Thursday, January 05, 2006

stop the flogging

Blaming the Boomers
It's not a new thing. I just thought that old horse had already been beaten down and we had moved on. I was wrong.

Anne Raver, the garden writer for the New York Times, wrote this morning one of those stories that feels like a concept looking for quotes to back it up (Baby Boomers, Digging Ben-Gay).

She says that babyboomers who had taken a fierce liking to gardening were now backing down, pulling out the perennials, putting in the roses that never need tending. She comes to this conclusion because nursery & garden related sales peaked in 2002, and are now declining. The work is too hard. We're too busy. We've got too many aches and pains. Blah-blah-blah.

Alas. Having been born 8 years into the babyboom wave after World War II, I've never felt that much of a boomer or that being born within that period shaped who I was or what I was interested in. But I grew up in the wake of it being a big (and easy) target, and figured out fairly quickly that every social problem seemed to be linked to BBs, even indirectly. In the 1960s and 1970s, we -- they -- were blamed for almost everything by our elders.

And then in the 1980s, there came the BB backlash from those younger than us. Our music was lingering too long in dominating what radio stations played on the air. We became yuppies, folk which Newsweek once defined as people who have an incredibly and extensive collection of cooking utensils, but never use them because we are always eating at interesting and out of the way small restaurants. We were going to beat aging and stay young and healthy, creating a boom in cosmetic surgery and extreme sports particiation. And now, gardening. Didn't know that one.

References to BBs had slowed down until President Bush started his program to change Social Security -- aging BBs were going to bring the country down. With the first bunch turning 60 this year, it's again BB this and BB that.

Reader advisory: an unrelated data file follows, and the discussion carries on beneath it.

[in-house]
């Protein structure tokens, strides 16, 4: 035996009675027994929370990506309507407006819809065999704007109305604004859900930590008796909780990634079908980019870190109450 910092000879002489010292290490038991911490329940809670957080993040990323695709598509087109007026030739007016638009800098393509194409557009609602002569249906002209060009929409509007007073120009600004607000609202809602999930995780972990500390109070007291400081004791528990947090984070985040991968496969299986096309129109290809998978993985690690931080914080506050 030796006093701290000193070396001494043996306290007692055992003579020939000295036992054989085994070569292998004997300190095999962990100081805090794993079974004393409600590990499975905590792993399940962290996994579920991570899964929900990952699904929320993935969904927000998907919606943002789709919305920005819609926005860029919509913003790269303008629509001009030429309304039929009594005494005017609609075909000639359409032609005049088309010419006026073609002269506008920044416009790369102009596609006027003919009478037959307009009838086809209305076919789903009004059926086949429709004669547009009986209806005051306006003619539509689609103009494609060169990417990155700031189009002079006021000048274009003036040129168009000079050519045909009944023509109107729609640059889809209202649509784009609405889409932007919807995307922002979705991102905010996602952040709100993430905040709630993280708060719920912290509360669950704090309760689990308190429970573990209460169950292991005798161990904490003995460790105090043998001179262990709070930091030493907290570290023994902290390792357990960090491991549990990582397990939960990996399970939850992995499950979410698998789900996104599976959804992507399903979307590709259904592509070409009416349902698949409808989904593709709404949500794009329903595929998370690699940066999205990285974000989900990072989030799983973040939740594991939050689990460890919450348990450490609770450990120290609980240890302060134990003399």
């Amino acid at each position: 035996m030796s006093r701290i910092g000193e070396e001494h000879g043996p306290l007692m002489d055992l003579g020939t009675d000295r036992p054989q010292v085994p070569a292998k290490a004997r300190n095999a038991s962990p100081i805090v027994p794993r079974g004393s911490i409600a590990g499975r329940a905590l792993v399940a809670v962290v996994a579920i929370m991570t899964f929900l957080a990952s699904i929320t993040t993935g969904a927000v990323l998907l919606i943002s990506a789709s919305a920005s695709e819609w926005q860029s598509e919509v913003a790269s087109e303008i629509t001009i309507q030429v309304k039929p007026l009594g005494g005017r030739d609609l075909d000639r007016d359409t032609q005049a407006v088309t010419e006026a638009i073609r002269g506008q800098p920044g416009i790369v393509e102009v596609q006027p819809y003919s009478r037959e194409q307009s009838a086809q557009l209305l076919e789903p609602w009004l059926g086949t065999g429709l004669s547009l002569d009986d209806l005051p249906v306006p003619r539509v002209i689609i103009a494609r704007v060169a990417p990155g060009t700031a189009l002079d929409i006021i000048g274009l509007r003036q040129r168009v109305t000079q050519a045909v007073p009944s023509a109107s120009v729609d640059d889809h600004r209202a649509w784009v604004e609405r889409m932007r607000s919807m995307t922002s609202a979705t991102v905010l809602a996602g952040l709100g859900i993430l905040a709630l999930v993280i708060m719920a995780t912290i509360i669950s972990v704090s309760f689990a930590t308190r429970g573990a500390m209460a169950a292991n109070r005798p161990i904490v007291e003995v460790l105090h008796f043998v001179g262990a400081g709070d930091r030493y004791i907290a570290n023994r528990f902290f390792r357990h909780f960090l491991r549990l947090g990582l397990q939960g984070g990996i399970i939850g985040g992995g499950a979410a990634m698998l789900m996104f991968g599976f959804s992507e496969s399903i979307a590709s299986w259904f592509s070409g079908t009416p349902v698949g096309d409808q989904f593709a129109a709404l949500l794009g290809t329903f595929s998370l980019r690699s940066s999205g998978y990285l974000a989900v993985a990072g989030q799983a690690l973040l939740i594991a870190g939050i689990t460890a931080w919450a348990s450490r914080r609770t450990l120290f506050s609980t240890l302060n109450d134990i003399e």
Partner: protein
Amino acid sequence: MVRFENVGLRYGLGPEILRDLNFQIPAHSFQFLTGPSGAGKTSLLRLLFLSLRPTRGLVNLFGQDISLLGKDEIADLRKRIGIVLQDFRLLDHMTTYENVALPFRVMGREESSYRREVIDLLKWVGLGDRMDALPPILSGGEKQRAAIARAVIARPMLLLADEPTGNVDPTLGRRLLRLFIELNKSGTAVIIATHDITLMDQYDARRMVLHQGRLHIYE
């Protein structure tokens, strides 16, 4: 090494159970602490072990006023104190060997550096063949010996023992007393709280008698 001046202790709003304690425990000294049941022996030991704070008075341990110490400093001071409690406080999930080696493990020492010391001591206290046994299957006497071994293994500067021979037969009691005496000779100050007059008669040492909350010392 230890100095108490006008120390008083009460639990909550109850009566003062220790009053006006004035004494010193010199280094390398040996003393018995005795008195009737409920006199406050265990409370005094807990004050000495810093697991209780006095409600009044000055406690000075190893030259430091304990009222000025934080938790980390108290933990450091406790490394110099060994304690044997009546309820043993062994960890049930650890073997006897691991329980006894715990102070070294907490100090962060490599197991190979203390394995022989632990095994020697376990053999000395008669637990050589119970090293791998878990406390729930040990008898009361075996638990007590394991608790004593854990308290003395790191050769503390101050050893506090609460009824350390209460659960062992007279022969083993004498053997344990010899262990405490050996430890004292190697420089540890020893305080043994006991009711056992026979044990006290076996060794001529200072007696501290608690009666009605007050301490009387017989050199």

As if
And we're getting too old to garden.

According to Anne Raver of the New York Times.

Partner's grandmother, a passionate gardener, reached a point where she could not bend over to weed, so she would lie prostrate on the ground to do her weeding. She lived alone until she was in her late 90s. Had a fabulous garden. She is now 102 and in assisted living. Great genes, but I like to think part of her longevity is because she was a gardener.

I have made three gardens for myself, each time requiring an incredible amount of digging, working in compost, getting rid of grass and weeds, lining beds with stone or brick. In each instance, it was about turning a front yard into a real garden. I have helped many others make their own, and at one point did some commercial work for a few clients. I am not sure how many more gardens I have in me. Yes, knees wear out. The back hurts after a day in the garden. There's pains in my hands that used to never be there.

But I don't see myself giving it up. But maybe there is an annual meeting of babyboomers who decide these things. I never get the invitation to attend them.

Lost Generation
A few years ago, I realized that all the old people I knew as a child were mostly gone. That all the people that ruled the world when I was young are dead. And perhaps more seriously, that the folks of my parents generation, who lived through the depression and the war are passing on. Their stories, their quirks, their interests now live in my memory. I never thought to keep track of them as a group, nor plot their development decade by decade. They just were. And I think I always thought they would be around.

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